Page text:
People who have their identities — and their tax refunds — stolen often face errors and long waits for their refunds, according to a report made public Thursday.

The IRS took 278 days on average to resolve cases of identity theft for people expecting refunds in 2013, longer than the 180-day timeline normally provided by the agency, according to the Treasury’s inspector general for tax administration. Auditors noted that the IRS has made improvements — that wait time is down from an average of 312 days in 2012 — but still had some recommendations for the agency.

“Refund fraud adversely affects the ability of innocent taxpayers to file their tax returns and timely receive their tax refunds, often imposing significant financial hardship,” J. Russell George, the inspector general for tax administration, said in a statement.

After reviewing 100 cases of identity theft closed in 2013, auditors estimated that 10 percent of the 267,692 total cases resolved by the IRS that year may have been resolved inaccurately, leading to longer waits for refunds or incorrect refund amounts. (The group looked at cases that were resolved between October 2012 and September 2013.)

Auditors recommended that the IRS develop a training course to help make sure that the people investigating identity theft are prepared to handle complicated cases. It also suggested that the agency limit the number of times a case can be reassigned. The cases studied were handled by 10 people on average.

The IRS said in a statement that the review was done while the agency was making changes to its tax fraud investigation process. For instance, the IRS has since gotten better at catching refund fraud while returns are being processed, the agency said. Streamlining has also made it possible for identity theft victims to get their refunds within 120 days, sooner than the 180-day time frame that was often given to taxpayers.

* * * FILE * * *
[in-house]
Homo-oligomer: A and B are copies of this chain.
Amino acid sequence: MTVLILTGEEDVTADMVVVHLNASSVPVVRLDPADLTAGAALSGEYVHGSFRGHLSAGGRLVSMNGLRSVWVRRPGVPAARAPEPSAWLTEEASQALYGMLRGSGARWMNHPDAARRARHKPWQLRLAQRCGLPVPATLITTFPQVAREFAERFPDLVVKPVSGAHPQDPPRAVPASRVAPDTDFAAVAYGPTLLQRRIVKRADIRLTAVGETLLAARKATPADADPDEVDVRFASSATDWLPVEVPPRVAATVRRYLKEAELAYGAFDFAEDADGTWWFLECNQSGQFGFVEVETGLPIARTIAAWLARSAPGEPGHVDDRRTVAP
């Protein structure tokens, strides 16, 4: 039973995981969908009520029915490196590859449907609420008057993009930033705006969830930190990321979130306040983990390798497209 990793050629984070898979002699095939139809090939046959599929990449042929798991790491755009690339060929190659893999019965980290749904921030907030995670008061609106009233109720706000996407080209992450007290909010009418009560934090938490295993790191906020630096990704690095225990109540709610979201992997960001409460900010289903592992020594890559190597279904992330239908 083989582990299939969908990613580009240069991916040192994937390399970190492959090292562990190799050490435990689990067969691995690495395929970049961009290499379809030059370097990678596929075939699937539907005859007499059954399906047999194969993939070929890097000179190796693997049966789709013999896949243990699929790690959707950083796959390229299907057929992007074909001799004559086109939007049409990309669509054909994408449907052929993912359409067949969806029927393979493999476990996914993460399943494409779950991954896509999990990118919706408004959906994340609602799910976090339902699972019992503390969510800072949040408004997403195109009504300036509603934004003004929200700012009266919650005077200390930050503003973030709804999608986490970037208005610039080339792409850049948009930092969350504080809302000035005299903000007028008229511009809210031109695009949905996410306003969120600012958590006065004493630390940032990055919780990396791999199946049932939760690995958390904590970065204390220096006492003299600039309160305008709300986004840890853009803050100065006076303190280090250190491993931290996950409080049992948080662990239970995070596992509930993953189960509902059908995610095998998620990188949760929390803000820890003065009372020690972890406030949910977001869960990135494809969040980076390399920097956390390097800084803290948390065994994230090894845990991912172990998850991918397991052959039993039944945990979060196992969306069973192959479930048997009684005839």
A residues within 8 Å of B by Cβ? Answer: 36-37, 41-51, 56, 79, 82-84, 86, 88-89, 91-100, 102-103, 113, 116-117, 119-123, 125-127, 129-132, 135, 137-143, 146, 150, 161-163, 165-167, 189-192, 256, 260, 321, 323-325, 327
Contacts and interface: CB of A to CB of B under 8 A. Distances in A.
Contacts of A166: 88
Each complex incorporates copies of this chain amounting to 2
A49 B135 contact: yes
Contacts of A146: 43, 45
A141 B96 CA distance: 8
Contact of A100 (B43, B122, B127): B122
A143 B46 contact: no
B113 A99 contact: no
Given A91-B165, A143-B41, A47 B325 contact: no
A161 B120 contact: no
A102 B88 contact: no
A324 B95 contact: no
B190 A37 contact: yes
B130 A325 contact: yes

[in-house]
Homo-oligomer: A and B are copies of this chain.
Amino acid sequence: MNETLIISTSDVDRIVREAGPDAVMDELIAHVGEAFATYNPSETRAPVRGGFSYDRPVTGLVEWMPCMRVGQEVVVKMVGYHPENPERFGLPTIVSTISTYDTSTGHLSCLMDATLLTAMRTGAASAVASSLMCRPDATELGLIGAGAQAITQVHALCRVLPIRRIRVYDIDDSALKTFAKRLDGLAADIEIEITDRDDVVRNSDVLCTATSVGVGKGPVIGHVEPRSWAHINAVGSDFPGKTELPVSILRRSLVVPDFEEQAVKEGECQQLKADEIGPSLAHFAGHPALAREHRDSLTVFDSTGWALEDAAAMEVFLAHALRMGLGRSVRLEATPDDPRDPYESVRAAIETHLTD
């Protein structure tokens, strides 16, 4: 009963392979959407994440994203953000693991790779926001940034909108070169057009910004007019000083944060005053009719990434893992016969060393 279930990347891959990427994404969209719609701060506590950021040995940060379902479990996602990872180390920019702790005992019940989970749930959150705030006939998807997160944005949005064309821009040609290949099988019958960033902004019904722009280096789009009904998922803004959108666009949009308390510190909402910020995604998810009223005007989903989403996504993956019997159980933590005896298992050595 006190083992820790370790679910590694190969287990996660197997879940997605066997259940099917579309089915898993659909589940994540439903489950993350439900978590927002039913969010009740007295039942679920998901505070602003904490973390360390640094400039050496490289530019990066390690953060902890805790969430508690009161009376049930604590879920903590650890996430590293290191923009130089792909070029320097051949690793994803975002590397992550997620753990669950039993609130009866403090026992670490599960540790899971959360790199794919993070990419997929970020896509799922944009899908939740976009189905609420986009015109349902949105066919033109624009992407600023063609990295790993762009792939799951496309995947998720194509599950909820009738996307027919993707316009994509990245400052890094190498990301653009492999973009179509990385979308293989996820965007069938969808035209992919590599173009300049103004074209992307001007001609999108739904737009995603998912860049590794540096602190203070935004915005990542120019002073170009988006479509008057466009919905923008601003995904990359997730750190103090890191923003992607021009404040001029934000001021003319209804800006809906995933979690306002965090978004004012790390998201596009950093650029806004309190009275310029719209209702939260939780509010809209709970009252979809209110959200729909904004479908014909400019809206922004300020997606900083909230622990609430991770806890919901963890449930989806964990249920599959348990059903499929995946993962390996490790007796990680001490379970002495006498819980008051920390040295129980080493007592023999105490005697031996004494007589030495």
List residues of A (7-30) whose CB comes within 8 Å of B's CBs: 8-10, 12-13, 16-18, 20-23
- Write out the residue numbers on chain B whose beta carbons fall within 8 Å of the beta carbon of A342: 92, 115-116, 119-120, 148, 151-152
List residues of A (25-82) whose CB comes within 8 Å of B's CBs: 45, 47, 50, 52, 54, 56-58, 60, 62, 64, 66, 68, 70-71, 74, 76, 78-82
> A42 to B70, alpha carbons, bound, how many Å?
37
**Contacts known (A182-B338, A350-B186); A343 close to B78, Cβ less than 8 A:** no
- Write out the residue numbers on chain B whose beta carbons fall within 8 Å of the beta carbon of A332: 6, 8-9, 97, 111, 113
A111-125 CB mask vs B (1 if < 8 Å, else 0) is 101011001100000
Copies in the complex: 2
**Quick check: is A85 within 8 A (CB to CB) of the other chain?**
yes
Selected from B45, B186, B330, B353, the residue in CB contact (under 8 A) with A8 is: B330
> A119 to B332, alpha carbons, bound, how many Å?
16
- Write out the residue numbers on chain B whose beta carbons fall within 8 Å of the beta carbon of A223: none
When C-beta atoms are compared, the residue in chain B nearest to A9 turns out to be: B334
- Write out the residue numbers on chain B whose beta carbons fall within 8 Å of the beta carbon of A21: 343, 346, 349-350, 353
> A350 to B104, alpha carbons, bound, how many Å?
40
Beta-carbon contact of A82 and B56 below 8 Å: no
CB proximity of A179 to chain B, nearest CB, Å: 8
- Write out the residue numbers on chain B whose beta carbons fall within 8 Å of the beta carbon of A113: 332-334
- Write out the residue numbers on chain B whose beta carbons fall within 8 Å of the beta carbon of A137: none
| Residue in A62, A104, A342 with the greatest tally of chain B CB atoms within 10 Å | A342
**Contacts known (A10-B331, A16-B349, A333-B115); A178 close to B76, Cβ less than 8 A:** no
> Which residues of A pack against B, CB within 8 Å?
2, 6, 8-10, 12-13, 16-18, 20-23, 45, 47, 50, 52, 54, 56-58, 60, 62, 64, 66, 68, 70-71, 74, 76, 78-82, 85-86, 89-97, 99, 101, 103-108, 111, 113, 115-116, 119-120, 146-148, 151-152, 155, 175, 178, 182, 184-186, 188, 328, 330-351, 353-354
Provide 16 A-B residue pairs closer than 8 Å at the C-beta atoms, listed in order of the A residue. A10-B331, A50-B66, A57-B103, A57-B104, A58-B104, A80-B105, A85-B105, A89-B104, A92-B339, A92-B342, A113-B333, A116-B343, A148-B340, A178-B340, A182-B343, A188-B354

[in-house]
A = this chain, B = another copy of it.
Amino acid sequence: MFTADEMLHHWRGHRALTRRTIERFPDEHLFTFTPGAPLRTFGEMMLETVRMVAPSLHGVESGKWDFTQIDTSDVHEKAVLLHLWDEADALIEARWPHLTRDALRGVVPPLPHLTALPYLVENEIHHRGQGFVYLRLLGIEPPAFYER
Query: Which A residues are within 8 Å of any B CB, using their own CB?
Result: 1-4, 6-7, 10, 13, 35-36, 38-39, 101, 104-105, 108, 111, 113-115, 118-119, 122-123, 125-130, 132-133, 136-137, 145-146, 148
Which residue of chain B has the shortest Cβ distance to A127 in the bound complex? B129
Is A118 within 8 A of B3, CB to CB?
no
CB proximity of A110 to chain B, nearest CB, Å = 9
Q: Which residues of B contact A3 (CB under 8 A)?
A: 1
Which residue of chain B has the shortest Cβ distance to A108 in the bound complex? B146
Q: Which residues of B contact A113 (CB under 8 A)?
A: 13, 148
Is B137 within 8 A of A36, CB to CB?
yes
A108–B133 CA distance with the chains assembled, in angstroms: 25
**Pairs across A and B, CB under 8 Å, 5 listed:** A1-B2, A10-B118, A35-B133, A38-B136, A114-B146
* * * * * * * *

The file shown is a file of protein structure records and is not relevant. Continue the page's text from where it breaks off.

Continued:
Identity theft has received more attention this tax season after a surge in suspicious state returns seen earlier this year caused TurboTax, the largest provider of tax preparation software, to temporarily stop transmitting state returns and to introduce new security measures. The IRS met with major tax preparation companies and state tax authorities last month to call for new ways to fight fraud that can be rolled out in time for next year’s tax season.

Cuts to the IRS’s budget have also hampered the agency’s ability to roll out certain security measures, audit tax returns and answer taxpayers’ questions. This tax season, only 40 percent of the people who call the IRS are getting through to an agent.

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